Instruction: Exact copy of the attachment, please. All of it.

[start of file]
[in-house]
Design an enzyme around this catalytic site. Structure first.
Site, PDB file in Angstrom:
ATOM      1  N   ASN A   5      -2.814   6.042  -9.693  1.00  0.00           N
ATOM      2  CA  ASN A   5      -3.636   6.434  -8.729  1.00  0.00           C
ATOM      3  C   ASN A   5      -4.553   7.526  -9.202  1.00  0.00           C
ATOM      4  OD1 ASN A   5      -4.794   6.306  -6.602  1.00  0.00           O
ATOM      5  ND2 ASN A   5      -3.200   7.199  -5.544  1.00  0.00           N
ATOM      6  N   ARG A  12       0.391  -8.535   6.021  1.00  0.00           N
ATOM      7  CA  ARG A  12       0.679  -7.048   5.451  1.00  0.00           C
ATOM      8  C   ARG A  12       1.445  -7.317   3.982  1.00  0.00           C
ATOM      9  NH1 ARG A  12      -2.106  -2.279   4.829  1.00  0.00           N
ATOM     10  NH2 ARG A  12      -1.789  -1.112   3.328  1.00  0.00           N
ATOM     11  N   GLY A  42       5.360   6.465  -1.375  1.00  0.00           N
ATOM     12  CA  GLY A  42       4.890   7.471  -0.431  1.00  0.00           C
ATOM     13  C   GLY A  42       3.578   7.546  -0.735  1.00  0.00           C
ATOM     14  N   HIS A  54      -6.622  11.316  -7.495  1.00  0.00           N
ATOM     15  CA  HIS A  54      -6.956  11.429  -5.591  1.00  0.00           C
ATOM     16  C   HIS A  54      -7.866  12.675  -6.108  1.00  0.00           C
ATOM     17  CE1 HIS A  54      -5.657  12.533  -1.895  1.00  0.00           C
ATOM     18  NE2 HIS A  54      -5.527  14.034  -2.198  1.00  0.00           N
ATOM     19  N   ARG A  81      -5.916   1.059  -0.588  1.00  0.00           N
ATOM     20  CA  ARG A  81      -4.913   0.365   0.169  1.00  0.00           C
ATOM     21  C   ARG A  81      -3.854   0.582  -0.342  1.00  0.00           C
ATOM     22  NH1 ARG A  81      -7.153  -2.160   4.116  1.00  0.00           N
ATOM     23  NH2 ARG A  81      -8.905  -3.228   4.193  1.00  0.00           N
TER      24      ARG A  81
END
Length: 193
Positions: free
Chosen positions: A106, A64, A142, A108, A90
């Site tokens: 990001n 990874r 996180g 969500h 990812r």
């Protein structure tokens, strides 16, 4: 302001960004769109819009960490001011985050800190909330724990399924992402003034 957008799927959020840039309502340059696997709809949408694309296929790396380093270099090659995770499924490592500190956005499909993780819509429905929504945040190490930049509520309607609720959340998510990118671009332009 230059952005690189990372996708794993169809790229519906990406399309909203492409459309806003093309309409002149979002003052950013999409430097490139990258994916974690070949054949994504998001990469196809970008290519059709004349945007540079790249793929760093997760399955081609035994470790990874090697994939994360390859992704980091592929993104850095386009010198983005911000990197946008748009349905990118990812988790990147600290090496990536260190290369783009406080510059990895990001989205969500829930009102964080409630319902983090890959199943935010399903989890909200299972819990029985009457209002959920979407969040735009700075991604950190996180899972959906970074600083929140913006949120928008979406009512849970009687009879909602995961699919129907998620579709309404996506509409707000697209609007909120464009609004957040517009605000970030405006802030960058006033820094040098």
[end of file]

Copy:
[in-house]
Design an enzyme around this catalytic site. Structure first.
Site, PDB file in Angstrom:
ATOM      1  N   ASN A   5      -2.814   6.042  -9.693  1.00  0.00           N
ATOM      2  CA  ASN A   5      -3.636   6.434  -8.729  1.00  0.00           C
ATOM      3  C   ASN A   5      -4.553   7.526  -9.202  1.00  0.00           C
ATOM      4  OD1 ASN A   5      -4.794   6.306  -6.602  1.00  0.00           O
ATOM      5  ND2 ASN A   5      -3.200   7.199  -5.544  1.00  0.00           N
ATOM      6  N   ARG A  12       0.391  -8.535   6.021  1.00  0.00           N
ATOM      7  CA  ARG A  12       0.679  -7.048   5.451  1.00  0.00           C
ATOM      8  C   ARG A  12       1.445  -7.317   3.982  1.00  0.00           C
ATOM      9  NH1 ARG A  12      -2.106  -2.279   4.829  1.00  0.00           N
ATOM     10  NH2 ARG A  12      -1.789  -1.112   3.328  1.00  0.00           N
ATOM     11  N   GLY A  42       5.360   6.465  -1.375  1.00  0.00           N
ATOM     12  CA  GLY A  42       4.890   7.471  -0.431  1.00  0.00           C
ATOM     13  C   GLY A  42       3.578   7.546  -0.735  1.00  0.00           C
ATOM     14  N   HIS A  54      -6.622  11.316  -7.495  1.00  0.00           N
ATOM     15  CA  HIS A  54      -6.956  11.429  -5.591  1.00  0.00           C
ATOM     16  C   HIS A  54      -7.866  12.675  -6.108  1.00  0.00           C
ATOM     17  CE1 HIS A  54      -5.657  12.533  -1.895  1.00  0.00           C
ATOM     18  NE2 HIS A  54      -5.527  14.034  -2.198  1.00  0.00           N
ATOM     19  N   ARG A  81      -5.916   1.059  -0.588  1.00  0.00           N
ATOM     20  CA  ARG A  81      -4.913   0.365   0.169  1.00  0.00           C
ATOM     21  C   ARG A  81      -3.854   0.582  -0.342  1.00  0.00           C
ATOM     22  NH1 ARG A  81      -7.153  -2.160   4.116  1.00  0.00           N
ATOM     23  NH2 ARG A  81      -8.905  -3.228   4.193  1.00  0.00           N
TER      24      ARG A  81
END
Length: 193
Positions: free
Chosen positions: A106, A64, A142, A108, A90
């Site tokens: 990001n 990874r 996180g 969500h 990812r």
């Protein structure tokens, strides 16, 4: 302001960004769109819009960490001011985050800190909330724990399924992402003034 957008799927959020840039309502340059696997709809949408694309296929790396380093270099090659995770499924490592500190956005499909993780819509429905929504945040190490930049509520309607609720959340998510990118671009332009 230059952005690189990372996708794993169809790229519906990406399309909203492409459309806003093309309409002149979002003052950013999409430097490139990258994916974690070949054949994504998001990469196809970008290519059709004349945007540079790249793929760093997760399955081609035994470790990874090697994939994360390859992704980091592929993104850095386009010198983005911000990197946008748009349905990118990812988790990147600290090496990536260190290369783009406080510059990895990001989205969500829930009102964080409630319902983090890959199943935010399903989890909200299972819990029985009457209002959920979407969040735009700075991604950190996180899972959906970074600083929140913006949120928008979406009512849970009687009879909602995961699919129907998620579709309404996506509409707000697209609007909120464009609004957040517009605000970030405006802030960058006033820094040098």